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Image Source: McCarthy & Stone

The retirement housebuilding sector looks set for a sustained slowdown as major players take a cautious approach to land after the government’s decision to ban leases on flats.

The ban was announced late last year after a media campaign on the growth – and exploitative sale – of leaseholds on new houses. Instead of just banning leases on houses, the government opted to ban leases on all new build properties.

As most new-build retirement properties are leasehold flats, this is having a significant impact on workloads that looks set to continue.

In the year to August 2018, completions fell 7% to 2,134 units at the UK’s biggest retirement homebuilder, McCarthy & Stone. At Churchill Retirement, the second largest player, completions slipped 1% to 521 units in the year to June 2018.

Retirement housing planning pipeline shrinks


After the ban was introduced, the major retirement homebuilders have been talking to government about an exemption.

John Tonkiss, McStone’s interim chief executive officer, said: “We believe that there is a strong case for a specific exemption for the retirement housebuilding sector and we are awaiting clarification on this matter.

“Until this is received, we continue our planning to try and mitigate the potential impact on the business, including maintaining discipline around our cash position and adopting a more measured approach to securing land.”

In the last financial year, McStone’s land programme shrank with 54 land exchanges – down from 75 in 2017 – while Churchill acquired 13 sites including 540 plots compared to 24 sites including 875 plots in 2017.

Churchill’s chairman and chief executive officer Spencer McCarthy said: “The investment model for our specialist form of development depends on capitalised ground rent income to fund the provision of extensive non-saleable communal space that is essential to our product.

“Until we have more clarity from government on this issue, or legislation is passed, our leases will continue to include fair ground rents, linked to RPI on standard review terms.”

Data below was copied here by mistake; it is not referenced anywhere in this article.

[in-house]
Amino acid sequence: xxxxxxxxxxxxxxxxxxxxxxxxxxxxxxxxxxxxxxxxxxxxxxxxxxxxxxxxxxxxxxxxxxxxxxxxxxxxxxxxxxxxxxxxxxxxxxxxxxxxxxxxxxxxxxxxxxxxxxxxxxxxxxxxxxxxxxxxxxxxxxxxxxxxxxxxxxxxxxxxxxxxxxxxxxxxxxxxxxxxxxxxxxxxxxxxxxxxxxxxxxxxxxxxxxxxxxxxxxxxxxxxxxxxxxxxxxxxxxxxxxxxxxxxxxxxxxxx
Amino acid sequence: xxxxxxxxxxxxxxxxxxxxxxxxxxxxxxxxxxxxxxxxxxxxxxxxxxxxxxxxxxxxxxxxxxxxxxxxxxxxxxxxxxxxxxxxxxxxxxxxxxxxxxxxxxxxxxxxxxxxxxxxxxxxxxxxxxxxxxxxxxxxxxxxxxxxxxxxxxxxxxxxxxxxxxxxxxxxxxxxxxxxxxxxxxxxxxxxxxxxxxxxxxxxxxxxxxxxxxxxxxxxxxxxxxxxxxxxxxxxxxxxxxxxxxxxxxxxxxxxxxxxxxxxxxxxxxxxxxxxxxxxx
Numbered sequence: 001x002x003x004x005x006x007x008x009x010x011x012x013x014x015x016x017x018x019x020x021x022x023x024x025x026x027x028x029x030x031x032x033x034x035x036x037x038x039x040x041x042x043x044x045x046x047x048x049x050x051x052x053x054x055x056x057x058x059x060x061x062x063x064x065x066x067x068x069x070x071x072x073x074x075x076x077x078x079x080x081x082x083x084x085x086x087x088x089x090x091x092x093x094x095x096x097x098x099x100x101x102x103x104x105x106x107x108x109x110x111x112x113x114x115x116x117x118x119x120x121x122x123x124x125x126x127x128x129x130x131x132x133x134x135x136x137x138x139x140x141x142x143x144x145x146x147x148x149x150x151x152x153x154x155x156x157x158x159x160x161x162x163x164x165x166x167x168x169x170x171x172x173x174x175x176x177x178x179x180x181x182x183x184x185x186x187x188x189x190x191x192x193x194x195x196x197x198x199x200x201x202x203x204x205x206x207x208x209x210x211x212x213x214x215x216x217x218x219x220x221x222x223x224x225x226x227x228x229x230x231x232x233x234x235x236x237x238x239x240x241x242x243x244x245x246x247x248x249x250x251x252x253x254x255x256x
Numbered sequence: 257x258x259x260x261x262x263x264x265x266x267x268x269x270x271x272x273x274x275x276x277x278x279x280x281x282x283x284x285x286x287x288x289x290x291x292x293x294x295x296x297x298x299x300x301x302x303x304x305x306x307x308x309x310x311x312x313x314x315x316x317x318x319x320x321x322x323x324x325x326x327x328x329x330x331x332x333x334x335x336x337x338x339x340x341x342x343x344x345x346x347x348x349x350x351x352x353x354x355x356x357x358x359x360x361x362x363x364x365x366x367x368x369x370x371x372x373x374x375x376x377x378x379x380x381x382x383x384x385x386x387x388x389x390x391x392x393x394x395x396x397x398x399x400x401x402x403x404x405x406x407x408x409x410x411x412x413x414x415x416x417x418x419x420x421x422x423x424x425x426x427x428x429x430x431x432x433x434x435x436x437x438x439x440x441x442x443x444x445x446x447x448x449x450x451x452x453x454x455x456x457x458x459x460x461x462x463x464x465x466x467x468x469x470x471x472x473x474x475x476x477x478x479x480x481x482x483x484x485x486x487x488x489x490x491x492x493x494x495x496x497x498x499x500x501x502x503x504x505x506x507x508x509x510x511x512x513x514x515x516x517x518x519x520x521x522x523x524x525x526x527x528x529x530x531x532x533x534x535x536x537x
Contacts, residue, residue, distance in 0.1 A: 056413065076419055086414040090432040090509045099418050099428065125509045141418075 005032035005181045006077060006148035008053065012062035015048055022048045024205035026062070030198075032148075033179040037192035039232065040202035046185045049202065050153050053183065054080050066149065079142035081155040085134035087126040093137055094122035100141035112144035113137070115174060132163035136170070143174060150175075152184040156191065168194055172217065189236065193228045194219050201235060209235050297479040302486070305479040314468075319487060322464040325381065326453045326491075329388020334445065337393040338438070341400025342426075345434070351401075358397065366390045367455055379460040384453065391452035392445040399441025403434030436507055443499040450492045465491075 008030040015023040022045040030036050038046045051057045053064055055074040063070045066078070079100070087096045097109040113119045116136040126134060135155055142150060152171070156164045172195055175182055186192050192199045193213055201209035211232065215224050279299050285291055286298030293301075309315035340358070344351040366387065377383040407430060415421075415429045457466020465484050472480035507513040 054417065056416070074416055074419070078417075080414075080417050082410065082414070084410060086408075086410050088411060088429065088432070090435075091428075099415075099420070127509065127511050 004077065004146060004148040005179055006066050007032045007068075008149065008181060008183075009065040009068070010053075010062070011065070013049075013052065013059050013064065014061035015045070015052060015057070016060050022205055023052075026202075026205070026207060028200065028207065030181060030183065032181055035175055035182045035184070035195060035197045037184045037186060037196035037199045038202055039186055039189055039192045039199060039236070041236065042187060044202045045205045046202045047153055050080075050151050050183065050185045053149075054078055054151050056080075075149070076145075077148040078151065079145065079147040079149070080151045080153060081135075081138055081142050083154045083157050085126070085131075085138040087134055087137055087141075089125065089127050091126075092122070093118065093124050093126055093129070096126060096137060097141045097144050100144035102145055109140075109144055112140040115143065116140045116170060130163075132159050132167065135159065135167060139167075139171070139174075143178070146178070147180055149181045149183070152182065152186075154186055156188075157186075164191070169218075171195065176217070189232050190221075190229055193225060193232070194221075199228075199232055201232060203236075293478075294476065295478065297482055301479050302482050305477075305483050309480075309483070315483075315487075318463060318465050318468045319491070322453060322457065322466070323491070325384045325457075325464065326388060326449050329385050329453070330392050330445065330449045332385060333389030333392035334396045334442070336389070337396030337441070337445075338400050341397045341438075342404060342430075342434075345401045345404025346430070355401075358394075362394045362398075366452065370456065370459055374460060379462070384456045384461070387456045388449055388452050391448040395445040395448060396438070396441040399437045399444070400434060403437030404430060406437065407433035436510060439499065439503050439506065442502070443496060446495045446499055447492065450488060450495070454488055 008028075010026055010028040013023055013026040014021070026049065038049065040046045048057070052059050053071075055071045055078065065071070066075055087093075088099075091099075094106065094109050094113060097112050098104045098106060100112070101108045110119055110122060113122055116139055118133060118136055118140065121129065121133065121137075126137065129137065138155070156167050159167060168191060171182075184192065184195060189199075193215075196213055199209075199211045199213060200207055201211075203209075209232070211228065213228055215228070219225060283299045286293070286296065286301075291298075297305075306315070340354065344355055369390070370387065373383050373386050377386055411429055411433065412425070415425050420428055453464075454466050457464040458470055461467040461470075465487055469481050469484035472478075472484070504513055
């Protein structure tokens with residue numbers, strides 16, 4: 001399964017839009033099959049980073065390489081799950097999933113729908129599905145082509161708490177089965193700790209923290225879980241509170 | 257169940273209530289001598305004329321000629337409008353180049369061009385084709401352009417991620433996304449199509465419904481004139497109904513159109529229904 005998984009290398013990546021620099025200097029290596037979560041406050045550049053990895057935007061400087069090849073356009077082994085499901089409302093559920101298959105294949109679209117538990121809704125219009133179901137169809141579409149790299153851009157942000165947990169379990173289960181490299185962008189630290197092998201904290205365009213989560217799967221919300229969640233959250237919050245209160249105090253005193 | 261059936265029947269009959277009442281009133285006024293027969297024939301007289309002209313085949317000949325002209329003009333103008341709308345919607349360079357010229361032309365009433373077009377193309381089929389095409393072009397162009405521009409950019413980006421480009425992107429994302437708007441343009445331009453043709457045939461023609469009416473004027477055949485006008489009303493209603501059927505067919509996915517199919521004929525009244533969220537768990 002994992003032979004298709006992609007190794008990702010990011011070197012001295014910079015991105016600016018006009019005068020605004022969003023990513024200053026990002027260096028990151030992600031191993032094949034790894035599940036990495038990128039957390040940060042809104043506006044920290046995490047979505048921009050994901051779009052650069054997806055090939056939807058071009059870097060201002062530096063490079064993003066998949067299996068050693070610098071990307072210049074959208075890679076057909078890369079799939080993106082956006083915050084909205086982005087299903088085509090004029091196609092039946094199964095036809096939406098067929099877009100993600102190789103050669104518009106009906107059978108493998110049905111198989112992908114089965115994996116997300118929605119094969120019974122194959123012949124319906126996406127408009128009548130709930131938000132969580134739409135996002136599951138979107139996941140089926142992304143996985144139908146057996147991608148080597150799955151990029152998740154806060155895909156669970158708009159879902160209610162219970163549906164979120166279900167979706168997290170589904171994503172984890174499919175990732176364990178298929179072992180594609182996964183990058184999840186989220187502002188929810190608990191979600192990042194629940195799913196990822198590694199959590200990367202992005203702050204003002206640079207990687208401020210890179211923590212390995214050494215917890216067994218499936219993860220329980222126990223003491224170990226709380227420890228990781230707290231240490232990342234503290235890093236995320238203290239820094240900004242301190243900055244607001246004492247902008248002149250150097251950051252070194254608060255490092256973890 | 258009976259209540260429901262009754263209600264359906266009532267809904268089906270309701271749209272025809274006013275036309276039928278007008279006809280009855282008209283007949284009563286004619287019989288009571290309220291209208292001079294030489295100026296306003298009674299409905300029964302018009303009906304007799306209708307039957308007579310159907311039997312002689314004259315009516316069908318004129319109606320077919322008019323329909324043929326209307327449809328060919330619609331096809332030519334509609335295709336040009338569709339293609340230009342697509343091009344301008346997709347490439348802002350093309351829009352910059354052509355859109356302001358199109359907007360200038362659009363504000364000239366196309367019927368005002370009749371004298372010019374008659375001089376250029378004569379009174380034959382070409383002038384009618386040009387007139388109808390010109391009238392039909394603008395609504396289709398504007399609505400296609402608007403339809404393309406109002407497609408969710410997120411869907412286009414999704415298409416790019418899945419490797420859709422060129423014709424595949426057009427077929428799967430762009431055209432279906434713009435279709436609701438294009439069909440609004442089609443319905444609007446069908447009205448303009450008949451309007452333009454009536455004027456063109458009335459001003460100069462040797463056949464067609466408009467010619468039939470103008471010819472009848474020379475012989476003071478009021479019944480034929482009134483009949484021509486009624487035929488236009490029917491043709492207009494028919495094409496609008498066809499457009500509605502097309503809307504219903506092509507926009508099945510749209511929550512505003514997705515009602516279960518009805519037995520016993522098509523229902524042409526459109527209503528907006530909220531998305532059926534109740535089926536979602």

Planning pipeline instability

McStone achieved 37 planning consents – down from 64 in 2017 – but Glenigan’s construction market analysis shows both leading retirement homebuilders applying to build more homes through the planning system.

In the 2017 calendar year, there were 1,908 units included in detailed planning applications made by McStone according to Glenigan’s data. That total is a rise of 41% on the 1,350 units in the group’s planning pipeline in 2016.

Since 2015, Churchill’s planning pipeline has nearly tripled. Glenigan’s market analysis shows 938 units included in detailed planning applications made by the group last year.

However, Glenigan’s research shows that the overall planning pipeline for retirement homes has shrunk.

Coming out of the recession, the annual pipeline of units in detailed planning applications grew relatively steadily from 2009 and had increased by 268% by 2014, only to fall away.

The number of retirement units in planning applications in 2015 was down 46% on the previous year.

In 2016, there was a rebound and a 31% rise in the planning pipeline of retirement homes but last year brought another fall with a drop of 8% amidst fears over the introduction of the ban.

With the planning pipeline still growing at McStone and Churchill, this suggests that other smaller retirement homebuilders may be being deterred by the new rules on leases, which does not augur well for future workload in the sector.

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